“I can’t express how excited I am to be back on the sidelines and to be coaching at a university that means a lot to my family and me,” Hoiberg said in a press release.

“Lincoln is a special place for our family. I was born in Lincoln, my grandfather Jerry Bush was the head coach at Nebraska, my other grandfather was a long-time professor there, and my parents are proud graduates of the University of Nebraska. Nebraska has always felt like a second home.”

Hoiberg actually has experience coaching in Pinnacle Arena, home of the Cornhuskers. The Bulls and Mavericks played a preseason game there in 2015, something Hoiberg also mentioned in the press release announcing his hiring.

“I had the opportunity to coach at Pinnacle Bank Arena with the Bulls, and I have seen first-hand that the facilities are as nice as any in the country,” he said. “When you couple that with a loyal and passionate fan base, you can see there is great potential for the future of Nebraska basketball.”

Hoiberg’s hiring in Lincoln could be the start of a Big Ten family rivalry, as his son, Jack, is currently a junior walk-on at Michigan State.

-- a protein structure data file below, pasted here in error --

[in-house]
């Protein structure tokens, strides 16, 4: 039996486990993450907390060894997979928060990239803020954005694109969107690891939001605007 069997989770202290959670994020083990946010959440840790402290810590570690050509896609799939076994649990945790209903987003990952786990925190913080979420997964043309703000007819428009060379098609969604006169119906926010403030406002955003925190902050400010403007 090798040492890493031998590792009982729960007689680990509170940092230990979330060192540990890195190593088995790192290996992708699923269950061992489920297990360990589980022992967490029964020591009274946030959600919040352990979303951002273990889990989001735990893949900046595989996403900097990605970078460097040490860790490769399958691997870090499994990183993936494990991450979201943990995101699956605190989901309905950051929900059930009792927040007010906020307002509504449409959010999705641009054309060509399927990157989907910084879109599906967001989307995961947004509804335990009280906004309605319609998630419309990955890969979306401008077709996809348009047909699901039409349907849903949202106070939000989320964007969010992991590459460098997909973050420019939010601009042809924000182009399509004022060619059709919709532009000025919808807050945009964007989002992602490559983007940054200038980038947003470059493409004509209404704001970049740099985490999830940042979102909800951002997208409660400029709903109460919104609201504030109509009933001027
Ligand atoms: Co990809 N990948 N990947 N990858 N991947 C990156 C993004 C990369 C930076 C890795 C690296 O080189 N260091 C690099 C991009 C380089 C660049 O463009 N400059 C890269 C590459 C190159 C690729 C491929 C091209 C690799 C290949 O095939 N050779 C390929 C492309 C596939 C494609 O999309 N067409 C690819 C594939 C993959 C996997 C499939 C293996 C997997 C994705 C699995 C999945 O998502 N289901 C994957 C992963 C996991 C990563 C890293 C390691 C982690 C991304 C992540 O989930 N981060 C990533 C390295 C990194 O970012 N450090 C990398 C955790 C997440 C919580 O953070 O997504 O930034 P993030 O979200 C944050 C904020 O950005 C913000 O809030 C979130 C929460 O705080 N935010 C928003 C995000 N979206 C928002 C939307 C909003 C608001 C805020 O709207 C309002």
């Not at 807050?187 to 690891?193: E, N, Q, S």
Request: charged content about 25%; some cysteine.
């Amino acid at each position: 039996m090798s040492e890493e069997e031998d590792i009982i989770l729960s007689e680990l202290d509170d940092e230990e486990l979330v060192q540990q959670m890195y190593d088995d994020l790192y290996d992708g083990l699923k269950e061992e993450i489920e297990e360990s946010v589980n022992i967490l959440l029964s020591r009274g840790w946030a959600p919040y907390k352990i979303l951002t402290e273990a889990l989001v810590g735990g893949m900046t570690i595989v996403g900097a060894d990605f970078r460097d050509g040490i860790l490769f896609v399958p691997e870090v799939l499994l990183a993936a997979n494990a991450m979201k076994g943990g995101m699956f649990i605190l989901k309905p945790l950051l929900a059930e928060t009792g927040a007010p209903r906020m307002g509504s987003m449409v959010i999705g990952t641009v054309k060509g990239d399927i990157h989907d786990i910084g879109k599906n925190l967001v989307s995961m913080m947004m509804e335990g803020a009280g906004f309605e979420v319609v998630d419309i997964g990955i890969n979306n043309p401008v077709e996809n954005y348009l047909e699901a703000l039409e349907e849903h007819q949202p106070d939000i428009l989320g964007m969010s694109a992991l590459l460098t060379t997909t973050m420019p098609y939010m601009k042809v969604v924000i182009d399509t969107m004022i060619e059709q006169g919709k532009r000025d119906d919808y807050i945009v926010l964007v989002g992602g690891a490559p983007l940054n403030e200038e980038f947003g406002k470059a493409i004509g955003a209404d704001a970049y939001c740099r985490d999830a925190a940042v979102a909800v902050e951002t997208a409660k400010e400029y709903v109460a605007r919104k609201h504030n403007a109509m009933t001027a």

Monte Harrison, brother to Bulls' Shaq, makes sibling sports history

Monte Harrison, brother to Bulls' Shaq, makes sibling sports history

Miami Marlins center fielder Monte Harrison made a bit of history on Aug. 4, when he laced up for his first ever MLB game.

With his debut, he and older brother Shaq officially became just the sixth MLB-NBA brother duo in league history. The most recent? Klay and Trayce Thompson, the latter of which appeared in his last MLB game on June 20, 2018 for the White Sox. Chicago ties all around.


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Shaq used his trademark brand of heart and hustle to work his way up from two 10-day contracts with the Phoenix Suns to a multi-year pact with the Bulls. Monte's path to the majors began in 2014 after the Milwaukee Brewers plucked him in the second round of the Amateur Draft from Lee's Summit West High School in Lee's Summit, Mo. He was jettisoned to Miami as part of the Christian Yelich trade in 2018.